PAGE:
At the beginning of this month, a woman from the staff of a startup called Vayable wrote to us to see if I wanted to create “a tour of sorts of the best places in the Tenderloin” for their site. After all, she had created the Go Homeless for a Day one and was very proud of it (as their site is, acording to their about page, “for explorers who crave authentic trips”). Initially, I wanted to write back stating that if she did actually put that up, I would make fun of her for doing it as I find this type of thing to be that tricky point at which dumb and shit come together to form criminally lame.

Well, in the end I didn’t bother writing back and yet, I didn’t have to make fun of her as Jay Barmann took care of that very well in an SFist article:

Vayable CEO Jamie Wong says, “Large numbers of tourists spend vacation time and money to tour the slums in Bombay or to volunteer in impoverished parts world. This experience is no different.” Well, sure Jamie. I guess it just seems like a first when it comes to exploiting the poor in our country and treating them like animals in a zoo.

While this initially just seems like “poverty tourism”, this is also an offshoot of “voluntourism”. We see a rise in this type of thing in the Tenderloin during the summer (hello summer vacation missionaries), and it simply does not work. People think that popping in and either seeing the impoverished in the world firsthand or doing some uninformed short term work there is actually of some benefit when it’s really for themselves. On the ground, it fails the communities which are in theory to be helped.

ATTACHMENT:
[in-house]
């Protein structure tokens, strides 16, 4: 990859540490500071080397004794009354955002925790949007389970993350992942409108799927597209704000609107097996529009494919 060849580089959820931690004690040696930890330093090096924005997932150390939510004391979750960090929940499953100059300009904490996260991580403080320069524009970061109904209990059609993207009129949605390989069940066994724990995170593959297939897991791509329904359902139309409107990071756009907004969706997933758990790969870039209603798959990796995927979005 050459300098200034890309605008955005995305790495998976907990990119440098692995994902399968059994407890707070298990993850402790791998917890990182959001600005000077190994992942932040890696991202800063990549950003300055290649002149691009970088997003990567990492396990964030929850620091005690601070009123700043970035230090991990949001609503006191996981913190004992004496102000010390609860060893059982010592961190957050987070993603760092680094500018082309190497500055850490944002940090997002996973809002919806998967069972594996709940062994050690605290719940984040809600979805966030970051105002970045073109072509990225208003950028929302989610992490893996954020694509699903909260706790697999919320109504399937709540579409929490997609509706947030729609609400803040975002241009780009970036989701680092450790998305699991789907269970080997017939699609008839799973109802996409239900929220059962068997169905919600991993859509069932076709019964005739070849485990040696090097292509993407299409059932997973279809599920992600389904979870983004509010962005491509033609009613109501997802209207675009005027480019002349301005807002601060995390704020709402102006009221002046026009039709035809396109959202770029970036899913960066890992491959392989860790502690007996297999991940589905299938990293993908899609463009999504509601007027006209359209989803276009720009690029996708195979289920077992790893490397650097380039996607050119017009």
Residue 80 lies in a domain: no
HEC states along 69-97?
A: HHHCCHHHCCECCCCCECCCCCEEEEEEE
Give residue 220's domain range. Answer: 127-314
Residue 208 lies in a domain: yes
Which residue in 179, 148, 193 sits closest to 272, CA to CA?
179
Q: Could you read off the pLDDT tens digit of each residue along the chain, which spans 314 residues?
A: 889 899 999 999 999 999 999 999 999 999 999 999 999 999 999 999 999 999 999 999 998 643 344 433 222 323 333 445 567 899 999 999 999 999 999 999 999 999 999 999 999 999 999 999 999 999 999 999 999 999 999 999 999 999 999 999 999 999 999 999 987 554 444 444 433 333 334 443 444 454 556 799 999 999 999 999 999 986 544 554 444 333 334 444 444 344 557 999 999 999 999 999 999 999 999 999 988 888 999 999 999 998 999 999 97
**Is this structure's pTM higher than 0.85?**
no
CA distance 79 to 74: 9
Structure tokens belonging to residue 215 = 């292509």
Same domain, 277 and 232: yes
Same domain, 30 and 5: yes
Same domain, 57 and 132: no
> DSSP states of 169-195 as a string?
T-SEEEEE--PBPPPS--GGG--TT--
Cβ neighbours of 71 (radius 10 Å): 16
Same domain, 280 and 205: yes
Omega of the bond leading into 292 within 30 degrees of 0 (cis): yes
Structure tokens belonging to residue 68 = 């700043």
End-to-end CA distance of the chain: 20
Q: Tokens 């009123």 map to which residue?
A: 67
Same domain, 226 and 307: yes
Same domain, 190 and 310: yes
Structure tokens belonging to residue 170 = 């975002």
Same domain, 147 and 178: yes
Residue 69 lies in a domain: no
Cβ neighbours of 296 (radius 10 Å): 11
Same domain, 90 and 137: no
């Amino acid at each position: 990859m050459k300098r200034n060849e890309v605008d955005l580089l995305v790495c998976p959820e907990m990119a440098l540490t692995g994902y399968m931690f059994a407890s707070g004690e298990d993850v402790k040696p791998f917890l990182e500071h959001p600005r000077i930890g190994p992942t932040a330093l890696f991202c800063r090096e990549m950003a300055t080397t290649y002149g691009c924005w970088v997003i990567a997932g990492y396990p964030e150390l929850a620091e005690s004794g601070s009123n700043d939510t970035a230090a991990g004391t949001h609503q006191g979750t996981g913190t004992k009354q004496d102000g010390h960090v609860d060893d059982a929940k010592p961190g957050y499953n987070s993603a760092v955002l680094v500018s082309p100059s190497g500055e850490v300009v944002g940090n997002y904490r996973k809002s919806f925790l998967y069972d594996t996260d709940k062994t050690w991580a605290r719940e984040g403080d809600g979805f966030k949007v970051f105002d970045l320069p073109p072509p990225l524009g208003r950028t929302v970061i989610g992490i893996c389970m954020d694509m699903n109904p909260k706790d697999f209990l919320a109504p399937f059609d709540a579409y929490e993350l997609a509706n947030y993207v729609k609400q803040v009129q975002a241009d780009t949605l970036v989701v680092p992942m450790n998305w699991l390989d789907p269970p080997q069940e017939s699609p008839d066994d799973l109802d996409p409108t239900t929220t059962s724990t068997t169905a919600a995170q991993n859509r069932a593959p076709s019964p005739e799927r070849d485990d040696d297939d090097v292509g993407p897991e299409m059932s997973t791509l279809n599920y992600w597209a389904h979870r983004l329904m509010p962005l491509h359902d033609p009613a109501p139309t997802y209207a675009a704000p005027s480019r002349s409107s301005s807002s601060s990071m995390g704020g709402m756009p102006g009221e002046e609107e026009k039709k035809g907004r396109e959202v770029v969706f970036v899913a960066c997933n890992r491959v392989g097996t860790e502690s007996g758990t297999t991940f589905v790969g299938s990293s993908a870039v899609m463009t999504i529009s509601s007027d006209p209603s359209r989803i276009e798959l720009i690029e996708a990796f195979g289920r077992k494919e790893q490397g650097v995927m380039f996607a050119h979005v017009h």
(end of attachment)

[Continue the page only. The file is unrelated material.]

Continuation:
Sure, while nibbling on your boiled goose after a lively game of squash at the club, you’re able to tell all about the time you spent helping/seeing the poor in Blah dee Blah, Somewhere and you believe that your telling about it is actually worth something (hint, it’s not). But, the problems in the world these days are not from lack of money for projects, volunteers to work on the projects, or awareness campaigns. There is already too much of all of this being thrown around without much thought other than making the donors and those who re-tweet a funding campaign feel good about themselves. What’s needed is long term, structural work with concrete and well-defined, absolute goals that look down the road decades, not days.

And this is what is continually thrashing the Tenderloin. Church groups who pop in to feed and proselytize for a Sunday or a Thanksgiving, or people who volunteer for a couple of months at a homeless shelter are all guilty of the same thing as anyone who goes on Vayable’s “Go Homeless for a Day” activity, in that they’re all just tourists (“leave your bed, television and car behind”). For those who live here this does nothing and accomplishes nothing except to perpetuate a homeless industry in which we all lose. In the case of Vayable, it also works to disgust me, so I guess that it does something in the end.